Steam is water in the gas phase, which is formed when water boils. Steam is usually white or translucent in nature making it invisible; however, ‘steam’ often refers to wet steam, the visible mist or aerosol of water droplets formed as this water vapor condenses. Chemically, steam and water vapor are identical and the difference between them is the result of temperature. Water vapor is the same temperature as the air in which it is spread and it can be clear or translucent, and both steam and water vapor are referred to as the gaseous state of water. Steam is above the local boiling-point of water (usually taken to be 100°C, but this may vary with local weather and altitude). Water vapor is when water molecules are present in the air, while steam is water heated to the point that it turns into gas.
In liquid water, H2O molecules are constantly being joined together and separated. As the water molecules are heated, the bonds connecting the molecules start breaking more rapidly than they can form. Eventually, when enough heat is supplied, some molecules will break free. These ‘free’ molecules form the transparent gas we know as steam, or more specifically dry steam. Dry steam is a term that is applied to steam when all its water molecules remain in the gaseous state. It’s a transparent gas. Wet steam applies to steam when a portion of its water molecules have given up their energy (latent heat) and condense to form tiny water droplets.
The general assumption is that ‘a cloud of steam’ will be largely made up of steam and water vapor, whereas ‘water vapor’ is typically only a few percent of the volume of the air. Steam is water in a high state of rarefaction, or so impregnated that it exhibits motion which constitutes heat, thus steam is able to assume the state of an elastic fluid. When steam is confined in a close vessel in contact with the water that produces it, the effort by which it endeavors to expand itself and enlarge its volume, or to separate the parts of the vessel that confines it and set itself free, is called the elastic force of the steam. In estimating the mechanical power of steam, we must take into account both the intensity of its elastic force and the distance through which that force acts. The intensity of its elastic force must be referred to by some known standard measure, such as the pressure which it exerts against a square inch of the surface that contains it, and this is usually resolved by a certain amount of pounds avoirdupois upon the square inch.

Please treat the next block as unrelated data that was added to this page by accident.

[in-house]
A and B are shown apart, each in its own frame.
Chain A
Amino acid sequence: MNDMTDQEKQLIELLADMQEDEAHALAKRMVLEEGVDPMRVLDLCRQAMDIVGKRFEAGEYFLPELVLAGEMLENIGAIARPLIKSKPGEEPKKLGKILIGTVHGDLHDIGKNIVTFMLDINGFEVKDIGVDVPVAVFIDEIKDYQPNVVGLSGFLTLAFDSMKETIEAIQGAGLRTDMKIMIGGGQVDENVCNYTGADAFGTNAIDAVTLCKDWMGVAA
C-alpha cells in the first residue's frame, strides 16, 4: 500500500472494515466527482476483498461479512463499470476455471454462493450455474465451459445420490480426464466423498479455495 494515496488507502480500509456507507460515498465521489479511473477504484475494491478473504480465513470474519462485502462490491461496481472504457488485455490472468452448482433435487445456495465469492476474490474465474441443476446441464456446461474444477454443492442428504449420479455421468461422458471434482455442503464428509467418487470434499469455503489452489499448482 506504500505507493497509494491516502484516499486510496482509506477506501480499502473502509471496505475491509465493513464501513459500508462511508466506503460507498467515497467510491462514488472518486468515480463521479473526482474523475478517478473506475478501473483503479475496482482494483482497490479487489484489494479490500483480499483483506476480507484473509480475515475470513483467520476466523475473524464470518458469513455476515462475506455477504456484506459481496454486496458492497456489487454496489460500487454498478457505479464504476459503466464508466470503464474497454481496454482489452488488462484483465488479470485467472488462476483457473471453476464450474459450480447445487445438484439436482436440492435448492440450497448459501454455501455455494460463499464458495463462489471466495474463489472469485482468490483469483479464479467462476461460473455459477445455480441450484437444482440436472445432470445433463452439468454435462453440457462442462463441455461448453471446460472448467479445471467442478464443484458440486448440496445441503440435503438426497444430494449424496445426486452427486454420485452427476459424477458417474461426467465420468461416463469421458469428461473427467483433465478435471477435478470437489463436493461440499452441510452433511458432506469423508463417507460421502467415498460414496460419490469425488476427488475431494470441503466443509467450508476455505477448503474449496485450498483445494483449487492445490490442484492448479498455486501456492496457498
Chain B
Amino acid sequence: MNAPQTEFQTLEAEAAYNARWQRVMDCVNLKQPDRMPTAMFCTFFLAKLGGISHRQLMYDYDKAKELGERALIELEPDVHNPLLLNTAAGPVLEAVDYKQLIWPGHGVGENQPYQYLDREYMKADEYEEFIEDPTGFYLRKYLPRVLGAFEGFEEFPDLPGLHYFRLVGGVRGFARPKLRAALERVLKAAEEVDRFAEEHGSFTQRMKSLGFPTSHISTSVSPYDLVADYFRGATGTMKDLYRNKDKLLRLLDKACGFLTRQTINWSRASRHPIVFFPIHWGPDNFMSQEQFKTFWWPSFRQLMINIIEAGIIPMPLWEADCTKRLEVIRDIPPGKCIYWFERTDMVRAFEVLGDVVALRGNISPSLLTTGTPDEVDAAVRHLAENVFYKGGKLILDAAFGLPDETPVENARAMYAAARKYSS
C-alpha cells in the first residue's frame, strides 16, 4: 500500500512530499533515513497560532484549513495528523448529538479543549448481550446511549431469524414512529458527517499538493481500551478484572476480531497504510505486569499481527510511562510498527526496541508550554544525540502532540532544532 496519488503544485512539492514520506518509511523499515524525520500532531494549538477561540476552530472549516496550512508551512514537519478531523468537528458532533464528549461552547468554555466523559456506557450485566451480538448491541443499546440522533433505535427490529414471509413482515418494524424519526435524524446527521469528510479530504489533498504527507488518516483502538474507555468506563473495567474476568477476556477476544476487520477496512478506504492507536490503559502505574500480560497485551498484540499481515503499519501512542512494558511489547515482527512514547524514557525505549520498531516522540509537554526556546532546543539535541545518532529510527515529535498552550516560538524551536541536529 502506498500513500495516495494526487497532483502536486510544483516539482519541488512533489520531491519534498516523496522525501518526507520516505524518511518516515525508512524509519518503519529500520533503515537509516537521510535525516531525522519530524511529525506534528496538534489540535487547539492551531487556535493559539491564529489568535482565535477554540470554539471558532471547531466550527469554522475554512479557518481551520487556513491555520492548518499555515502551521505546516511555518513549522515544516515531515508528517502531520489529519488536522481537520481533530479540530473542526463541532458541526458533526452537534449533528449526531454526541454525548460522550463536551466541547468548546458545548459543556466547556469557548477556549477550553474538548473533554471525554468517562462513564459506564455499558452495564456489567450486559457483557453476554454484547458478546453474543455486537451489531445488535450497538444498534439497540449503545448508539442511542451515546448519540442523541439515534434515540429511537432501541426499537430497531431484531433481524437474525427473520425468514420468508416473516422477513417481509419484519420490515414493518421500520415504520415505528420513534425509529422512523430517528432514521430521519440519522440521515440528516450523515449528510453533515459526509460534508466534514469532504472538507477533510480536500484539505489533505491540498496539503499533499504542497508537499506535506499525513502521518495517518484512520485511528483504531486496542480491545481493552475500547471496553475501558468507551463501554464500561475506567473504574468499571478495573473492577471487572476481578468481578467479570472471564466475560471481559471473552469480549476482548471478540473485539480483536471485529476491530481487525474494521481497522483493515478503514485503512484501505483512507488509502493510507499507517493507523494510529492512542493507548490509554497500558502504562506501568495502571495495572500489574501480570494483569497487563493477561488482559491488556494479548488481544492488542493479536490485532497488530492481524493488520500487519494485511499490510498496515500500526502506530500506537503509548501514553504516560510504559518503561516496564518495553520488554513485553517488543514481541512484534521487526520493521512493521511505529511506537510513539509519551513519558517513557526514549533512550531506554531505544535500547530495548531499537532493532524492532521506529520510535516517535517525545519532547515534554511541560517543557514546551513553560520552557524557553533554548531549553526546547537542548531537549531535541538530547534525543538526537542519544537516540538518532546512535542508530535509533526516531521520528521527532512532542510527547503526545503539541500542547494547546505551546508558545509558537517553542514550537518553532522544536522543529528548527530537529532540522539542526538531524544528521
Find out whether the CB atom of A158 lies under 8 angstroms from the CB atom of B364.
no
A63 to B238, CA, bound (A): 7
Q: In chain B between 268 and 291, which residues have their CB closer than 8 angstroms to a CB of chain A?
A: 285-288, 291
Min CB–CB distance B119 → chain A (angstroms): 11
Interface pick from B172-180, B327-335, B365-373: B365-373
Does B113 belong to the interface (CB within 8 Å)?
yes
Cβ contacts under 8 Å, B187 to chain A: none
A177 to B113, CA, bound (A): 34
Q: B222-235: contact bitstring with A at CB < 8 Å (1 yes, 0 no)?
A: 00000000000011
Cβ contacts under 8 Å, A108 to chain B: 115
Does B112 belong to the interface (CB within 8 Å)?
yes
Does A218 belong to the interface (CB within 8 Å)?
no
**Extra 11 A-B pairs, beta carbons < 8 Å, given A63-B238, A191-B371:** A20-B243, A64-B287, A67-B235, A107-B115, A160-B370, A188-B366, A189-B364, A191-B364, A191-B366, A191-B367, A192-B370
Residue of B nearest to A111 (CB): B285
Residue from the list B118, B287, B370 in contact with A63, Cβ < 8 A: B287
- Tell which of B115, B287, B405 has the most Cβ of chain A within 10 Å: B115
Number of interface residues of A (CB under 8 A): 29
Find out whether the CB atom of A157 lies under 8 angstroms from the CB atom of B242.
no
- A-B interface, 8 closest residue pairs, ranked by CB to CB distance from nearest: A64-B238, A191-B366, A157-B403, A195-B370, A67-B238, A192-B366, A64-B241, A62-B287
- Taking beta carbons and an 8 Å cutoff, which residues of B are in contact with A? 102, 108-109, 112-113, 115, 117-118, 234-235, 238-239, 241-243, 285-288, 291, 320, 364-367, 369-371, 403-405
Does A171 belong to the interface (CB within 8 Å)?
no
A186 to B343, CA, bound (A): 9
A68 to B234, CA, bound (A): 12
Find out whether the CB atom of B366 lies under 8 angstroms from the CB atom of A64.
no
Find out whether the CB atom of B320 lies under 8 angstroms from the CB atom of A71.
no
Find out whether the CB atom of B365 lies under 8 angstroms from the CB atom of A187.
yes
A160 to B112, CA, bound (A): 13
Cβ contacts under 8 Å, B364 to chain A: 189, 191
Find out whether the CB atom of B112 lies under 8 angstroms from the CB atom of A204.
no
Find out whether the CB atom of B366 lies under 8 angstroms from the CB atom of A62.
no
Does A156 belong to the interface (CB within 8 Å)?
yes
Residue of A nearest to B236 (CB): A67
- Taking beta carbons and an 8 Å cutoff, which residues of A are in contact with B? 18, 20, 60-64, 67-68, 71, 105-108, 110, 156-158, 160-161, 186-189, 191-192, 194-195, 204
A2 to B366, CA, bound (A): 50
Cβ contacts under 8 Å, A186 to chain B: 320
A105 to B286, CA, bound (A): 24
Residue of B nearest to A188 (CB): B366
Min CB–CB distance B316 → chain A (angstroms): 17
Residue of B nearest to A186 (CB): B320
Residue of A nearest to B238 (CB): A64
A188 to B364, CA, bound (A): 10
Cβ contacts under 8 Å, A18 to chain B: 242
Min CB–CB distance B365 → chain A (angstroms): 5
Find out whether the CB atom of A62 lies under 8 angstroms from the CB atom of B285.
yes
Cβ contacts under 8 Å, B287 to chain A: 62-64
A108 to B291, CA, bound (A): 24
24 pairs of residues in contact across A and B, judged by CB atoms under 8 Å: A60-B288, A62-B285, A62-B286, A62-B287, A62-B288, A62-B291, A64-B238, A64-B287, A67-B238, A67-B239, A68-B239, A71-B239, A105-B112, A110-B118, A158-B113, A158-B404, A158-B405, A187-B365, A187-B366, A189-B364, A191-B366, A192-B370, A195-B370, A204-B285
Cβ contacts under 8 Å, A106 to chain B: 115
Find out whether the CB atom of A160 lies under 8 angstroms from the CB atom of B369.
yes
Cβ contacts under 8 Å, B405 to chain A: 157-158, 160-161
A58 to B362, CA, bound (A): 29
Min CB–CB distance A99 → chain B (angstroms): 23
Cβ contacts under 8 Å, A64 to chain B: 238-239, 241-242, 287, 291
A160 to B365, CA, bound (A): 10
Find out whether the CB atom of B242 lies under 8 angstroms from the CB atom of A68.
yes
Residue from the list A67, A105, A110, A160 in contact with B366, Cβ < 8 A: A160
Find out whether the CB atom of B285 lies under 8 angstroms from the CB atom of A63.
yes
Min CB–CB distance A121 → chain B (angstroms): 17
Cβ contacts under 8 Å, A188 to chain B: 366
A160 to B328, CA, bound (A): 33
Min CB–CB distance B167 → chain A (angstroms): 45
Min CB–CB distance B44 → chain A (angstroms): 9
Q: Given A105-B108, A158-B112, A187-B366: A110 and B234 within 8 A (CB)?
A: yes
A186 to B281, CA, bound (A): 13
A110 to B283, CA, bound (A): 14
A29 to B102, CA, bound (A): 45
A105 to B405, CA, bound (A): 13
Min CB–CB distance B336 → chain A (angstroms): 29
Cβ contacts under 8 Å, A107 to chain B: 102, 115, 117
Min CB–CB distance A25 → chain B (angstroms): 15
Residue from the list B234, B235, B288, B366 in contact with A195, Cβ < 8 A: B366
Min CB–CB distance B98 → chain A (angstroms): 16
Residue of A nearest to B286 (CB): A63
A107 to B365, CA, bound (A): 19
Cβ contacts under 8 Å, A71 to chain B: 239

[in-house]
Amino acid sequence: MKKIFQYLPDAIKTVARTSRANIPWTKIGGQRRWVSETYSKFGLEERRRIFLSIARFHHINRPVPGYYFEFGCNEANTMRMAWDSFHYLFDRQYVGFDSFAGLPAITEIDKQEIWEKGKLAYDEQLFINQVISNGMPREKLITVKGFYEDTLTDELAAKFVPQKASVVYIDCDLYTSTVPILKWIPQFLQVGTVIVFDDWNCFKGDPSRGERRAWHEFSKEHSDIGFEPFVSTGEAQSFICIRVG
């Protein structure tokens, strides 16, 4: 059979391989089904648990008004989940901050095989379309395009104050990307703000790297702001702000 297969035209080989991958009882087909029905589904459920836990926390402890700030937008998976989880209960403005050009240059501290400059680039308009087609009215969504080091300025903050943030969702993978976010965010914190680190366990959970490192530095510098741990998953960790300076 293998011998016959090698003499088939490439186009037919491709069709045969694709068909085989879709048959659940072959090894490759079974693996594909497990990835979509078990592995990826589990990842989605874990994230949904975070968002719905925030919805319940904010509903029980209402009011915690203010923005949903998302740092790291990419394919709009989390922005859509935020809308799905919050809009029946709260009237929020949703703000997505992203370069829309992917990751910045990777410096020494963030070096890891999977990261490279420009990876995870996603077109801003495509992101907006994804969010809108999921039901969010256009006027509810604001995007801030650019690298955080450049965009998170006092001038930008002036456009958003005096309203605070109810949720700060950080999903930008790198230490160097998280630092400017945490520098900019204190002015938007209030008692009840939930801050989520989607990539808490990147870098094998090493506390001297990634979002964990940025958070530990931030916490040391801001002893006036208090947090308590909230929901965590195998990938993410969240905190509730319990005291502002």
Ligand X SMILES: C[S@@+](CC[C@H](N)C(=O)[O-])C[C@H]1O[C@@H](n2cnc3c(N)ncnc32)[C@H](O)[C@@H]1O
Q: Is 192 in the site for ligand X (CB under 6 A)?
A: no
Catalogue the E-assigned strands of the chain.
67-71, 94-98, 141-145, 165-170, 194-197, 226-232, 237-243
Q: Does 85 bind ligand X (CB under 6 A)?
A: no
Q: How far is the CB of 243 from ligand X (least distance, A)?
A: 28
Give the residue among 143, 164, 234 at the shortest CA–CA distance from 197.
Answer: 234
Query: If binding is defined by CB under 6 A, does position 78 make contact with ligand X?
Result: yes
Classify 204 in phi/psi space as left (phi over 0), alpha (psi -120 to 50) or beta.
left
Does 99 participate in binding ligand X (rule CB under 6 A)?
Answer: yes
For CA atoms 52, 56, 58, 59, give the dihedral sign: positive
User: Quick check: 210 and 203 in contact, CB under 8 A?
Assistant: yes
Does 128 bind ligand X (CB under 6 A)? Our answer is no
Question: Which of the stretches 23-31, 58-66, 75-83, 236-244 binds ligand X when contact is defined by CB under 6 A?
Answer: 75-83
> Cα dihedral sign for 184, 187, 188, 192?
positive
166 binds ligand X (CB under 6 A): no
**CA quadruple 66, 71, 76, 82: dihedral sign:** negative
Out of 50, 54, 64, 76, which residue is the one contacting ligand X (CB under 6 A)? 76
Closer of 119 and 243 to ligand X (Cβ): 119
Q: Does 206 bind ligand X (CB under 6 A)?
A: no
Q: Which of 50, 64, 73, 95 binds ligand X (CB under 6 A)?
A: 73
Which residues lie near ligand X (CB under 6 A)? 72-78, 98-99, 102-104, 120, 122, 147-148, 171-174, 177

The intensity of the elastic force may be estimated by the inches in height of a vertical column of mercury, whose weight is equal to the pressure exerted by the steam on a surface equal to the base of the mercurial column. It may also be estimated by the height of a vertical column of water measured in feet, or the elastic force of any fluid may be compared with that of atmospheric air when in its usual state of temperature and density.
The elasticity or pressure of vapors is best illustrated in the case of steam, which may be considered as the type of all vapors. When a quantity of pure steam is confined in a close vessel, its elastic force will exert on every part of the interior of the vessel a certain pressure directed outward, having a tendency to burst the vessel. When steam is generated in an open vessel its elastic force must be equal to the elastic force or pressure of the atmosphere, or otherwise the pressure of the air would prevent it from forming and rising. Steam that is produced from boiling water at 212° F, is capable of exerting a pressure of 15 pounds upon every square inch of surface, or one ton on every square foot, a force equivalent to the pressure of the atmosphere.